similar to those described in an earlier study [1]. northern region of the country [12]. In this region, disseminated infection with P. marneffei is one of the most common HIV-Compliance was assessed by comparing the number of

itra-conazole capsules returned at each visit with the number given related opportunistic infections, accounting for 14% of the ini-tial clinical presentations of patients with AIDS [13]. Patients at the previous visit. One-hundred percent compliance was

observed at 344 of the 348 visits (98.8%) for which information with disseminated P. marneffei infection had been successfully


1109 CID 1998; 26 (May) Treatment of P. marneffei Infection

Table 1. Laboratory abnormalities and adverse events at admission and during and at the end of the treatment for disseminated Penicillium

marneffei infection in HIV-infected patients.

No. (%) of abnormalities No. of events per patients No. (%) of occurrences Variable at admission (nÅ 74) observed, during treatment Person-time* Incidence†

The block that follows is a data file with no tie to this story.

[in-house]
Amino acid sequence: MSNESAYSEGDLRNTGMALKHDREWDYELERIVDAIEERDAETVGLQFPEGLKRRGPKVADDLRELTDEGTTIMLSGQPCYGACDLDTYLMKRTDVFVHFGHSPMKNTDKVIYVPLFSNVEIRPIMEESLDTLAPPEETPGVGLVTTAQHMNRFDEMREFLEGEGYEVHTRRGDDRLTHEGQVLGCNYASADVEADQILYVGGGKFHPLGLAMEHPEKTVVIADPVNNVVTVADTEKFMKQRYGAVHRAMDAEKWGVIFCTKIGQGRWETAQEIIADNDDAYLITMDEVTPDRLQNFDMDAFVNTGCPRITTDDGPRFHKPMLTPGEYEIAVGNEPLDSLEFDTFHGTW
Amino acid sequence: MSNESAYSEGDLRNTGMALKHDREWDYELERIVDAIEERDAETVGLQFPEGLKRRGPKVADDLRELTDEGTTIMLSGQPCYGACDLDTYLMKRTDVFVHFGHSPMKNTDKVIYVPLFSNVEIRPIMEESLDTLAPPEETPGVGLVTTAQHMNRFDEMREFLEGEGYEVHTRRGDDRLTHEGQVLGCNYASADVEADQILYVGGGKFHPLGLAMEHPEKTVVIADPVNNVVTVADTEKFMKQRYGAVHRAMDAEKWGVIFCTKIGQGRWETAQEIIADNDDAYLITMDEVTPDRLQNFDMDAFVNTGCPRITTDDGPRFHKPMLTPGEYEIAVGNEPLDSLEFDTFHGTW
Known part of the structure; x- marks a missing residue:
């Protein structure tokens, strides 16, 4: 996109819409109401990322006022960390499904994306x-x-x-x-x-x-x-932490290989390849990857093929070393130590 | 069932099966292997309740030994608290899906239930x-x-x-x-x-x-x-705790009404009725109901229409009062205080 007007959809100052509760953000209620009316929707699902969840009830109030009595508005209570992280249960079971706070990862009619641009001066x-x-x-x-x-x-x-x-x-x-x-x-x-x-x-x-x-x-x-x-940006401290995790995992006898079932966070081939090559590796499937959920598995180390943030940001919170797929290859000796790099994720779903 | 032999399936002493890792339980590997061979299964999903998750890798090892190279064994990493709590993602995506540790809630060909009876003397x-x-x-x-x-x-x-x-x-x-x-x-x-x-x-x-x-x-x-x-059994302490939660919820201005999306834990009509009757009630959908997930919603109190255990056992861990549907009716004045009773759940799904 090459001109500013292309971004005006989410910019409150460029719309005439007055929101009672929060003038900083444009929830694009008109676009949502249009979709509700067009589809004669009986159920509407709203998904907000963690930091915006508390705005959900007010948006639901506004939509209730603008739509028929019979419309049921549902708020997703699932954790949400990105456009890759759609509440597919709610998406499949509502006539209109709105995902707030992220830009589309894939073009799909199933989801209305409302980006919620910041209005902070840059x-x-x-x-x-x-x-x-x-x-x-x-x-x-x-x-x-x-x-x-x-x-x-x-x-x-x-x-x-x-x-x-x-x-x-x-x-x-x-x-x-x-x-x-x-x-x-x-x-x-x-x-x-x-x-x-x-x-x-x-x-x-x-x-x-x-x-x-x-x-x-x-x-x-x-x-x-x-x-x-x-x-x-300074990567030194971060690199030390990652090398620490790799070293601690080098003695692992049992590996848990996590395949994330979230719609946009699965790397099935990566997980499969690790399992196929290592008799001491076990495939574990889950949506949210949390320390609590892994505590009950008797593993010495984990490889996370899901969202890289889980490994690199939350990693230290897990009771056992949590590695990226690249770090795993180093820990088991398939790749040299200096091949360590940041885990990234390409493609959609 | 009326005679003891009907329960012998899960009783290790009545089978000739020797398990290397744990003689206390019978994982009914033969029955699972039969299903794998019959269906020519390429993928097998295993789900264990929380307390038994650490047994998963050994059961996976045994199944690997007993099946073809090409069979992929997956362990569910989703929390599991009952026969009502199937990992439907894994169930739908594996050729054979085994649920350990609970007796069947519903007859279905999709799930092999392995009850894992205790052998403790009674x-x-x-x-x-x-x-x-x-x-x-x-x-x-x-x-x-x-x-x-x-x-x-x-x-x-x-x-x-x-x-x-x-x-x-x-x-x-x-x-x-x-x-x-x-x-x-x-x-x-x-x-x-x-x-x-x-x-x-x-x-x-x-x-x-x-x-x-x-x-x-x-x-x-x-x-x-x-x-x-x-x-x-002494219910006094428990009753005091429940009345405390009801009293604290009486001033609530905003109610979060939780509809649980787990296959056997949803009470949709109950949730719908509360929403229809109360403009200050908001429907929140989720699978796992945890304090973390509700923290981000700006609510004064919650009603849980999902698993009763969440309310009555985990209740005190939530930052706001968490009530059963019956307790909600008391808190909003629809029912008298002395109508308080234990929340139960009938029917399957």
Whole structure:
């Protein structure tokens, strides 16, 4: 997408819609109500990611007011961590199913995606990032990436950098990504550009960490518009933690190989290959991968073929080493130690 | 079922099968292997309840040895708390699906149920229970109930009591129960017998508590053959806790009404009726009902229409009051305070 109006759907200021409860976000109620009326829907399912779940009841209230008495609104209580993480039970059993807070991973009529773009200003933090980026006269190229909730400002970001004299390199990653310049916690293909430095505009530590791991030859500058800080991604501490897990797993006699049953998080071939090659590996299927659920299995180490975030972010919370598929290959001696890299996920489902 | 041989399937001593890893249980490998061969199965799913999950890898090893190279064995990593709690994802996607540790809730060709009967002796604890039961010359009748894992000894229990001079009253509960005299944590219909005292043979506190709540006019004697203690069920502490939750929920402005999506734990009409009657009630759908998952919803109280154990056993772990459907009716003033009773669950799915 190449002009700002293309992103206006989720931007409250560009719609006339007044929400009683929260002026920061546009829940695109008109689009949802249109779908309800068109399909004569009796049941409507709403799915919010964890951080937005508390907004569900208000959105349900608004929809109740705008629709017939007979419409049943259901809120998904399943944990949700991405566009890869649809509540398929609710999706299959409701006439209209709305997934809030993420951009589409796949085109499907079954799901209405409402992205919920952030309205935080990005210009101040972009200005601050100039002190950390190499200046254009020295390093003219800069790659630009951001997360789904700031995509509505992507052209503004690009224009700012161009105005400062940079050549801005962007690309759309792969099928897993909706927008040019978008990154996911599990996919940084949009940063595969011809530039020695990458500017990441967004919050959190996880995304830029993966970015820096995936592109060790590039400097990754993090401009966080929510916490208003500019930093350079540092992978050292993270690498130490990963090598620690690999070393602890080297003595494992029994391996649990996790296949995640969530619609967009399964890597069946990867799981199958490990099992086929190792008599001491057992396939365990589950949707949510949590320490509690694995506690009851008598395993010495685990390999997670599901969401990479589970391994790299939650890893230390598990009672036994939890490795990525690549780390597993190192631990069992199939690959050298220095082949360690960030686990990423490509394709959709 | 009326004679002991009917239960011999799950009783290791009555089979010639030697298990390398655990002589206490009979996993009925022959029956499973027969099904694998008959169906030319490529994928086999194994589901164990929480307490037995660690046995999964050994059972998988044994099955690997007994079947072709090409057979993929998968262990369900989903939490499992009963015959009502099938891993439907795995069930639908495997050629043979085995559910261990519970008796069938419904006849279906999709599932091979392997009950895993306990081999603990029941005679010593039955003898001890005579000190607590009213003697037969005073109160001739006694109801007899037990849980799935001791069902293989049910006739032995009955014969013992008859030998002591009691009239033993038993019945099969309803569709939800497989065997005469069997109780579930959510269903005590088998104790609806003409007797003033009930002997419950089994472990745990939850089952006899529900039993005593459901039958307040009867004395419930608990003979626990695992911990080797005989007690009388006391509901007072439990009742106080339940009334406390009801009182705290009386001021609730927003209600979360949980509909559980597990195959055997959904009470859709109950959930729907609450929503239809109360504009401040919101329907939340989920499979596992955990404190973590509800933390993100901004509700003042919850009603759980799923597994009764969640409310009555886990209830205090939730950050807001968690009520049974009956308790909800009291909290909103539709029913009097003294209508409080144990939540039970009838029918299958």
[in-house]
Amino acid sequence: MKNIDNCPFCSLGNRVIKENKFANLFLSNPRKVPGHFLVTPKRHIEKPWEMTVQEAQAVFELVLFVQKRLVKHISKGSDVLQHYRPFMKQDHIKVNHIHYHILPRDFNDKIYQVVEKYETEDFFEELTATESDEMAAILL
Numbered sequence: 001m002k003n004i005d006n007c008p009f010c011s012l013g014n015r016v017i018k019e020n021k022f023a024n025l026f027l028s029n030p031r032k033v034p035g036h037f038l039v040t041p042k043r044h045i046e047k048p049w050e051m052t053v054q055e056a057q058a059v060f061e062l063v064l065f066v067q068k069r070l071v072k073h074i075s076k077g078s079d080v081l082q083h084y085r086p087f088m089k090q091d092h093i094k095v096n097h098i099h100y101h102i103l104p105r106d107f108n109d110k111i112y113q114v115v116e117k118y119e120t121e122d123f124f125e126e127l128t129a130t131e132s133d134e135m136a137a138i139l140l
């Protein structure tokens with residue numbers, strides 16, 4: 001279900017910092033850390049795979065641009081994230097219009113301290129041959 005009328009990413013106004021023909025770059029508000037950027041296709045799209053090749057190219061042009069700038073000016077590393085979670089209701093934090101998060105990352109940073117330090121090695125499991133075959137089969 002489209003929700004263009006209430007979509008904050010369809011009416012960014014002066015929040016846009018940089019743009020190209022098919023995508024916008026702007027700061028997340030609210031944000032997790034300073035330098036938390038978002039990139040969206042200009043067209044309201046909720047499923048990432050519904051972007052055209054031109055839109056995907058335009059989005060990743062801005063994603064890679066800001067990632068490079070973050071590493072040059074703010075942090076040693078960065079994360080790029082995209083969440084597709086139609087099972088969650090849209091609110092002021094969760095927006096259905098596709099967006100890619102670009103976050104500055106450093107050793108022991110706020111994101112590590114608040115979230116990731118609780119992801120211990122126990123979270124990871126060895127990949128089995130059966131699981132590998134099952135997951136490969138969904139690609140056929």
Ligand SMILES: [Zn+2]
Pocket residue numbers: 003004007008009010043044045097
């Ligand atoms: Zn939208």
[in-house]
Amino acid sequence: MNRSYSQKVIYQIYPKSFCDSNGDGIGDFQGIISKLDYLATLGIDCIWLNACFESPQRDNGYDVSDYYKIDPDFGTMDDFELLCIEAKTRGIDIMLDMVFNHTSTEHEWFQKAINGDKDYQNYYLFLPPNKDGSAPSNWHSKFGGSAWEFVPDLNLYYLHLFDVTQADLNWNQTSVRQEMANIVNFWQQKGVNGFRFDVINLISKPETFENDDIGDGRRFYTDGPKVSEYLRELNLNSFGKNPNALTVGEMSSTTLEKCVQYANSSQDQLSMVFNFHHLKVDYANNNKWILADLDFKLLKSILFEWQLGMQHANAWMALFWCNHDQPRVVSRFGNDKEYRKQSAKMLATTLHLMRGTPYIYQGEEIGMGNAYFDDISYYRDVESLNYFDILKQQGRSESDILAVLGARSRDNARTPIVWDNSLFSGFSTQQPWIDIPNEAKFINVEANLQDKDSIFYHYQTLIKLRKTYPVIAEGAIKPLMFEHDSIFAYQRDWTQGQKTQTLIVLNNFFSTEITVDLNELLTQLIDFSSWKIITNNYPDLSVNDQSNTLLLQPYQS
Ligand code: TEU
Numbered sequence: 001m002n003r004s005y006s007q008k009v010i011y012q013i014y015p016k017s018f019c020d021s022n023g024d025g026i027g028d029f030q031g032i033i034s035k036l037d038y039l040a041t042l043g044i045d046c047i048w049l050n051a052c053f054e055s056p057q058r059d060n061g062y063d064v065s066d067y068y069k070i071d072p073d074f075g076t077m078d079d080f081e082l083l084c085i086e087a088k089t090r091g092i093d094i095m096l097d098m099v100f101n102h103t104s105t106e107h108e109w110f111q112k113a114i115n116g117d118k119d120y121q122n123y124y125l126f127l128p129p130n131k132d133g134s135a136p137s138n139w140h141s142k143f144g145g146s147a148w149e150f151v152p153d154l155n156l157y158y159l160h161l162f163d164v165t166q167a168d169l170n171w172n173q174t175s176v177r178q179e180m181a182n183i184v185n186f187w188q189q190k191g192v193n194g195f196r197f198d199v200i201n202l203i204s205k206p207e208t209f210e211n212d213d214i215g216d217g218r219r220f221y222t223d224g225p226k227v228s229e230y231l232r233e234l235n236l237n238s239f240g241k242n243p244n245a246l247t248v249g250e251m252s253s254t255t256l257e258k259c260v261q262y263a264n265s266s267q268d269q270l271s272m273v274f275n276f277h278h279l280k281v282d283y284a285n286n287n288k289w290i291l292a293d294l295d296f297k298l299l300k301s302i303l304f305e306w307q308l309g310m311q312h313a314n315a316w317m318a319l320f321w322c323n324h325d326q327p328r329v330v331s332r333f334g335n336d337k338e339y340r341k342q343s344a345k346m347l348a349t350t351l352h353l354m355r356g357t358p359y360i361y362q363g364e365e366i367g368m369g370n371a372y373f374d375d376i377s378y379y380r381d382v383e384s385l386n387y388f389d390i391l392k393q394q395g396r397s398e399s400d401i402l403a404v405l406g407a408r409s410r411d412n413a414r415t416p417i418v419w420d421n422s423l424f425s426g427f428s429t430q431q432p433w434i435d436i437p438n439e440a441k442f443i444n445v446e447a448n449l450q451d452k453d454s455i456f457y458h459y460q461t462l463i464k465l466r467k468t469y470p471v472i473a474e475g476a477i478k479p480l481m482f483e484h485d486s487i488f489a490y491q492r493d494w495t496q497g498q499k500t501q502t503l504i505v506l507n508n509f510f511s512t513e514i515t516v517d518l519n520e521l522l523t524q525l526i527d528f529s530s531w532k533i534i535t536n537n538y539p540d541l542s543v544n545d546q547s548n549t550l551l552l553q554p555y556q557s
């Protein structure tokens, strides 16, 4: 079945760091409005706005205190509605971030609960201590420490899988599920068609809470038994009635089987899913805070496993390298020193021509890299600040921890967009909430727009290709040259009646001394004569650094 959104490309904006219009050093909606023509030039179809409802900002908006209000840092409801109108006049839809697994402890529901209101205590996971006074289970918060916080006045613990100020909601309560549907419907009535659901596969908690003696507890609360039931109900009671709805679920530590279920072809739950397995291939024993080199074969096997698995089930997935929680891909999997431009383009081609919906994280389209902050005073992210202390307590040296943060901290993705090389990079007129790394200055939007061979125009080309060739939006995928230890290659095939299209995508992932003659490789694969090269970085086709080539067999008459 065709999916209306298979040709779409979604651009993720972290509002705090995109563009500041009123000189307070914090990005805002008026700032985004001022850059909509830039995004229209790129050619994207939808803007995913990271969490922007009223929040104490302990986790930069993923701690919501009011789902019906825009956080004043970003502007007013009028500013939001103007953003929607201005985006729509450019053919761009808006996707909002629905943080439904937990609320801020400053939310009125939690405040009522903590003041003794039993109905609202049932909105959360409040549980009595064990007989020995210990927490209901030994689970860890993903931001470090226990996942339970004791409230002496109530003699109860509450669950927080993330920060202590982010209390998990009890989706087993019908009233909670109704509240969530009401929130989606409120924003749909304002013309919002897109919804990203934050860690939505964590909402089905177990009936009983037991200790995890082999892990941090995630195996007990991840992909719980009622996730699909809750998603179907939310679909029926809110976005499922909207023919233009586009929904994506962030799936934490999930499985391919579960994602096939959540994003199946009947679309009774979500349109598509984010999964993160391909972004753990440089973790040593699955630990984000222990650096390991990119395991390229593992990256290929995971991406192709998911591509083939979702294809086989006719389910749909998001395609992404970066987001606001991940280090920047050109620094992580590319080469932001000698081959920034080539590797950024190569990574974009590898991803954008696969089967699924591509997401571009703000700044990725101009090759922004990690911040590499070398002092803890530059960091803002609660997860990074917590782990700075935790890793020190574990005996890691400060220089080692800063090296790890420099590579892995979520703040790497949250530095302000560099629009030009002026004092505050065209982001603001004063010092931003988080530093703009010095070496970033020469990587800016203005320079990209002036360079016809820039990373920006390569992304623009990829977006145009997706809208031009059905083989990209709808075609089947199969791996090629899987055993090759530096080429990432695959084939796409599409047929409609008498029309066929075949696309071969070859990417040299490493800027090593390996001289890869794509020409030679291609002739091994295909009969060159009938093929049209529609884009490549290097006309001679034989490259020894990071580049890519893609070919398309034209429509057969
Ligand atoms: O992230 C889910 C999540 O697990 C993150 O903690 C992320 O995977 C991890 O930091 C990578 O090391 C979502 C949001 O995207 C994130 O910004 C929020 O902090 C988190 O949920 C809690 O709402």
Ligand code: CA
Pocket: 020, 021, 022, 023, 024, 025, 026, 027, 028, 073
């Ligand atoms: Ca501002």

at week 12 (nÅ 72) Laboratory abnormality Anemia 35 (47) 16/39 2,243 4.99 14 (19) Leukopenia 16 (22) 16/58 4,302 2.60 16 (22) Neutropenia 2 (3) 0/72 6,092 0.00 0 Thrombocytopenia 10 (14) 1/64 5,344 0.13 0 In value of Aspartate aminotransferase 34 (46) 15/40 2,547 4.12 18 (25) Alanine aminotransferase 15 (20) 17/59 4,197 2.84 9 (12) Alkaline Phosphatase 28 (38) 14/46 2,845 3.44 11 (15) Bilirubin 3 (4) 2/71 5,928 0.24 0 Creatinine 0 6/74 5,787 0.73 0 Hypokalemia 0 2/74 6,106 0.23 0 Adverse event Thrombophlebitis 0 3/74 6,020 0.35 0 Rash 0 2/74 6,211 0.23 0 Chill 0 2/74 6,093 0.23 0 Nausea 0 1/74 6,181 0.11 0 Diarrhea 0 1/74 6,246 0.11 0

* Total person-days of follow-up.

Incidence in 100 person-weeks.